Most debuts are bumpy, epecially in COVID-19 circumstances. However, I can’t hide I’ve got some very mixed about Gabriela Hearst‘s first collection for Chloé. Knowing her style and philosophy at her name-sake, New York-based label, you could be sure she would take her sustainability-forward mindset to Paris (that was one of the main reasons why she was appointed as the creative director of the brand). Aesthetic-wise, we know her for ultra-luxurious, assertive minimalism with eventual, feminine details, but you will hardly find any irony in those cashmere cape-coats and gorgeous pleated leather dresses. Most of all, it seemed to me that the designer decided to revolt against the New York ‘Gabriela Hearst’ and let things take some sort of laid-back approach, in the spirit of the Saint-Germain-Des-Prés lifestyle (Chloé founder’s Gaby Aghion first fashion shows took place in Café De Flore. Hearst’s models walked out of the cult Brasserie Lipp into the empty, evening streets of Rive Gauche). The result is a collection filled with layered, nomadic silhouettes that unfortunately look cumbersome and overworked. The striped, knitted dresses, ponchos (they nodded to Hearst’s Uruguayan heritage), floating dresses (the flou is a must for every Chloé designer) and shearling coats were in general mild-looking. The designer closed the collection with puffer outerwear repurposed from Chloé overstock spanning designers and eras (I mostly noticed Natacha Ramsay-Levi’s memorable prints – the way they were clashed kind of diminished her Chloé tenure). The pieces were created with Sheltersuit, a nonprofit organization providing aid to the homeless, which also collaborated on a series of backpacks. As mentioned above, Gabriela’s Chloé will take a no-jokes road to sustainability (she said that Chloé had already decreased this collection’s environmental footprint by 400% compared to last winter’s line), which is admirable. She mentioned certified materials, circular economy, net-zero goals as just some of her aims for the brand, and placed sustainability center stage for her debut – as her inspiration, her material, her technique, and even her silhouette. This really does have a potential, especially in Paris, where that topic still feels dormant. But for her future offerings, she should get some proper styling (or editing) done.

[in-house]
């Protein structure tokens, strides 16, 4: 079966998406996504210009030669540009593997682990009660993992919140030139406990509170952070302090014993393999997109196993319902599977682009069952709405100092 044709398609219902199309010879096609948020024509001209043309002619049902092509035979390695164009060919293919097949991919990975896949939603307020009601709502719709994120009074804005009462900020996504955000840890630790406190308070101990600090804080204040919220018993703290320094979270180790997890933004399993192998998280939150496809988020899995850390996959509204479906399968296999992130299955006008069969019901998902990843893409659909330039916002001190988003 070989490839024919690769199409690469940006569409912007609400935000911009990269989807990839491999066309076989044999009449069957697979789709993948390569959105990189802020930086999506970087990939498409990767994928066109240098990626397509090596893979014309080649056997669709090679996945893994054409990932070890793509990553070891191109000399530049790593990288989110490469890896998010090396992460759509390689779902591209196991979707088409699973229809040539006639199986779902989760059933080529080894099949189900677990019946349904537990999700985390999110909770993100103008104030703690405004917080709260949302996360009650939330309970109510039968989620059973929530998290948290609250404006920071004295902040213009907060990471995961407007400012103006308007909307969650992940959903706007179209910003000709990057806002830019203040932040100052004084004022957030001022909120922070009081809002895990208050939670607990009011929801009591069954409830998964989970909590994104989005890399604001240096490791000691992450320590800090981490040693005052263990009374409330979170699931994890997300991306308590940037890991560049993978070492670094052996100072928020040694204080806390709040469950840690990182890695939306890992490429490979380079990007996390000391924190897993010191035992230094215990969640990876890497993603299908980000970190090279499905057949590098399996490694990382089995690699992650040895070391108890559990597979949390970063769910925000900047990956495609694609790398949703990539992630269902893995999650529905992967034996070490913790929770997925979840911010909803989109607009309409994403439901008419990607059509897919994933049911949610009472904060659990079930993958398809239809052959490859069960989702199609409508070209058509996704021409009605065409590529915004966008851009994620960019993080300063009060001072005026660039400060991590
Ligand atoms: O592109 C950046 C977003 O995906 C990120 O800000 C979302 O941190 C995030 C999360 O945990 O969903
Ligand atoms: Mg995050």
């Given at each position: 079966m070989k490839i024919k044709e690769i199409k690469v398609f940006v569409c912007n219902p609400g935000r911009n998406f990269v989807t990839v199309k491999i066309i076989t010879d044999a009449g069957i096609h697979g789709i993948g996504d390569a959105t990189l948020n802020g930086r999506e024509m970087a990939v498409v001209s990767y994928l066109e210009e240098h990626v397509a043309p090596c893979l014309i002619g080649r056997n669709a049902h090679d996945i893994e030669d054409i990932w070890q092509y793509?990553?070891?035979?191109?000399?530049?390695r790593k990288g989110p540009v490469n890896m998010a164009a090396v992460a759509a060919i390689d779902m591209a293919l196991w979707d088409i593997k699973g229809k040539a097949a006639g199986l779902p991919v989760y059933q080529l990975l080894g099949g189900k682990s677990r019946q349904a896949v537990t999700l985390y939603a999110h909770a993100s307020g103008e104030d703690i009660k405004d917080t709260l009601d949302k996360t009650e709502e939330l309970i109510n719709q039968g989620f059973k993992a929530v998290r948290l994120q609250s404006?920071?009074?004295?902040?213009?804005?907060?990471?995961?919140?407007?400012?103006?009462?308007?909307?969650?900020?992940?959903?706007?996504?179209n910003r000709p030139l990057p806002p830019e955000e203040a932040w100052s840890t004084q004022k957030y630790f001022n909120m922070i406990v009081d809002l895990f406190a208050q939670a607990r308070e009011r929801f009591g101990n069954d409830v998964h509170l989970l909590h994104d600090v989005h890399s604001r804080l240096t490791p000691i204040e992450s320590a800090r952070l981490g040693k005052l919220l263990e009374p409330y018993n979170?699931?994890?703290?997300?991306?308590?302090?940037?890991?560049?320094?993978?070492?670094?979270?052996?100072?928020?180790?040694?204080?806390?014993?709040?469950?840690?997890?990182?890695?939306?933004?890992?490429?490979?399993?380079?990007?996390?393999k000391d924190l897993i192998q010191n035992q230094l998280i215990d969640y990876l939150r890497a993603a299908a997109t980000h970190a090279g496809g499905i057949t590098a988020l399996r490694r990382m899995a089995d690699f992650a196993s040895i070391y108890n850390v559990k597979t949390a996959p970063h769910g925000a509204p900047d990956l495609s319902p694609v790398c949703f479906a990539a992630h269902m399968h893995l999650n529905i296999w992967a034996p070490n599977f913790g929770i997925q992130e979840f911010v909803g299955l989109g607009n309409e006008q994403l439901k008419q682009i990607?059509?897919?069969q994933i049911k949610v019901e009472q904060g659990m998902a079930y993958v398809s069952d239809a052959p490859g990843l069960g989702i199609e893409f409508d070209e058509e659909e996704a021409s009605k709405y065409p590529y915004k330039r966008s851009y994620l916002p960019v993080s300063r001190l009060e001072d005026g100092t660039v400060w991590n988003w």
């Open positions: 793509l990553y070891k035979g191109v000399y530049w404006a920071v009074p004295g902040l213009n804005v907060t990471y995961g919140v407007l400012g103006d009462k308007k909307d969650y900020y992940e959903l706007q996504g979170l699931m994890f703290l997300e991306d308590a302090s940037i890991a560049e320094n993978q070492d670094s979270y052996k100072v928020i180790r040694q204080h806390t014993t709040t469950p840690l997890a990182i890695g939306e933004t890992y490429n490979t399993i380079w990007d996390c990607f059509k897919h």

Collage by Edward Kanarecki.